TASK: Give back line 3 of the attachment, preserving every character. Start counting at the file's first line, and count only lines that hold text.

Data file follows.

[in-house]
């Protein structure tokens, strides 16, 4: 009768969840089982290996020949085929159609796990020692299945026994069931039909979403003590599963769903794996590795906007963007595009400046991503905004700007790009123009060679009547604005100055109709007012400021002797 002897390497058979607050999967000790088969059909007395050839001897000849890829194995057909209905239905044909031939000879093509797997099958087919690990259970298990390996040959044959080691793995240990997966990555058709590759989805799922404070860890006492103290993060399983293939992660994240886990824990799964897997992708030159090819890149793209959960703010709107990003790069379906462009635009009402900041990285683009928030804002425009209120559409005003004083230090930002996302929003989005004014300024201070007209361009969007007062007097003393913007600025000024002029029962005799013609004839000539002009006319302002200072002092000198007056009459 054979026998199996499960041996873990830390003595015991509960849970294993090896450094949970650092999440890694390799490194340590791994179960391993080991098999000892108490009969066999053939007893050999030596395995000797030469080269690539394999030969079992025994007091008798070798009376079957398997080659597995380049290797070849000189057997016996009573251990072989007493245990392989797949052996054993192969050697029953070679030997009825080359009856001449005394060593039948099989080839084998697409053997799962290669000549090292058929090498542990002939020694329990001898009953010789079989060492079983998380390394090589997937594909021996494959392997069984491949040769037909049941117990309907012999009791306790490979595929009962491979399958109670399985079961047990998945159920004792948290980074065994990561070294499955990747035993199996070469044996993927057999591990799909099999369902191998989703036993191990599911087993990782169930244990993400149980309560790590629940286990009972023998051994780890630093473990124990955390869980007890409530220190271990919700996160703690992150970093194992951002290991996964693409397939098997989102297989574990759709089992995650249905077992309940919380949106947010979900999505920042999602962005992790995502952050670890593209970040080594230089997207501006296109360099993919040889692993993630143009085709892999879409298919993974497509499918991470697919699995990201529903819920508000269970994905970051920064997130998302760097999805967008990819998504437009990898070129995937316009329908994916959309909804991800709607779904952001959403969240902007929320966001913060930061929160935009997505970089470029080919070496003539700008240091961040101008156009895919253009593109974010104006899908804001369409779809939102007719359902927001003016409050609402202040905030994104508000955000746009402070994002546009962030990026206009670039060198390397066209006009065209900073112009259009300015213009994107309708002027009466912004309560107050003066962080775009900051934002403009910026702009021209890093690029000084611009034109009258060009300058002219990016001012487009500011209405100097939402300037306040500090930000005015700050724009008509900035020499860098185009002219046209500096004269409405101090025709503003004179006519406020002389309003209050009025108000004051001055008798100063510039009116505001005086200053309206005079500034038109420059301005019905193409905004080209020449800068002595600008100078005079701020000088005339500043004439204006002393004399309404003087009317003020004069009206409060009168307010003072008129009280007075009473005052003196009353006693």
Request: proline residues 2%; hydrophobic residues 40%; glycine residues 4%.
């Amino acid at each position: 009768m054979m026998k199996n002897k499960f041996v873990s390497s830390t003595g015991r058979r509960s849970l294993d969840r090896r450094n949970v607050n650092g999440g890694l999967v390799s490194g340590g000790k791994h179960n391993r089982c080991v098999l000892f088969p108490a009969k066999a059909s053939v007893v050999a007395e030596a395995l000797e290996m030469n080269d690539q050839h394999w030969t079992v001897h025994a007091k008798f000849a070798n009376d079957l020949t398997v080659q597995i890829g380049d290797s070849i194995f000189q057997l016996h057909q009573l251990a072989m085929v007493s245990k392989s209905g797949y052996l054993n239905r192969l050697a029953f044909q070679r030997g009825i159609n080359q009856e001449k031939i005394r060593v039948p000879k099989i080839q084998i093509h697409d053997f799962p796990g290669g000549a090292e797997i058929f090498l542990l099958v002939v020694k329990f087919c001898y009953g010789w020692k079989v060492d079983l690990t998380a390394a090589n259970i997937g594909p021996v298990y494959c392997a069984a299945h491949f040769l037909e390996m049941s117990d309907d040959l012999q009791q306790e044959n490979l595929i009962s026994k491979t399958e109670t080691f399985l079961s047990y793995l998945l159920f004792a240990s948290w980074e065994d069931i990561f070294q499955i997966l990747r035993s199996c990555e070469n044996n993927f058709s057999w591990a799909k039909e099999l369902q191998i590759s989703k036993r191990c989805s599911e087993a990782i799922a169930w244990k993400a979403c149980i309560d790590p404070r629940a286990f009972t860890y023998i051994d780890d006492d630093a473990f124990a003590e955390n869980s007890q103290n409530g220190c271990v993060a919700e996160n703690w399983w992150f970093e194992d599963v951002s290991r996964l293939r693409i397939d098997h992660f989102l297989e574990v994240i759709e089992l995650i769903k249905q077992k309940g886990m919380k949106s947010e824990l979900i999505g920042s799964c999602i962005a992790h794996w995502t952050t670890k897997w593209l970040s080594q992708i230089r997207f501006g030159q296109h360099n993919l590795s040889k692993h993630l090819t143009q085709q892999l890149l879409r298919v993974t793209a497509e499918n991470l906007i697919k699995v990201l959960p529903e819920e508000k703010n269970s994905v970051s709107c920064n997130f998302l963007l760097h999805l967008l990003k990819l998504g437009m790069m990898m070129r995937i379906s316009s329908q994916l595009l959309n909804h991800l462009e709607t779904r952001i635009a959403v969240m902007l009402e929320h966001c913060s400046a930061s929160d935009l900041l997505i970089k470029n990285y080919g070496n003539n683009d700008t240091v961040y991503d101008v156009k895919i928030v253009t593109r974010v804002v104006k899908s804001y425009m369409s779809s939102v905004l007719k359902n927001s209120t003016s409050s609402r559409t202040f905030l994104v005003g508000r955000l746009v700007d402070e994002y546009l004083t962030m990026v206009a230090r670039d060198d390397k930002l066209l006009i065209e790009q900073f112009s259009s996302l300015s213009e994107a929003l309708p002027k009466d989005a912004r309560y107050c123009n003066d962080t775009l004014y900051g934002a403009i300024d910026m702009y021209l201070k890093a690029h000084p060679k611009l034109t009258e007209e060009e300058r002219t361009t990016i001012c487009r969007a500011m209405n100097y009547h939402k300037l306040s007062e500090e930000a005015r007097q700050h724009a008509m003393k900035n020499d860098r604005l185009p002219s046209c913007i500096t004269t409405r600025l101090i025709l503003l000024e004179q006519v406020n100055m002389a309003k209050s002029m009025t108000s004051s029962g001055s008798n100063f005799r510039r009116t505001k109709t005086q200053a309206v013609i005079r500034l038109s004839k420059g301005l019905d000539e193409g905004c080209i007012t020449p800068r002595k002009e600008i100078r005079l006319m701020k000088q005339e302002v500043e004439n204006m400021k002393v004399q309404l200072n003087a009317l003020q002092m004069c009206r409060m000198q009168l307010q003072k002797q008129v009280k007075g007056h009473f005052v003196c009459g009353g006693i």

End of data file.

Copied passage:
Request: proline residues 2%; hydrophobic residues 40%; glycine residues 4%.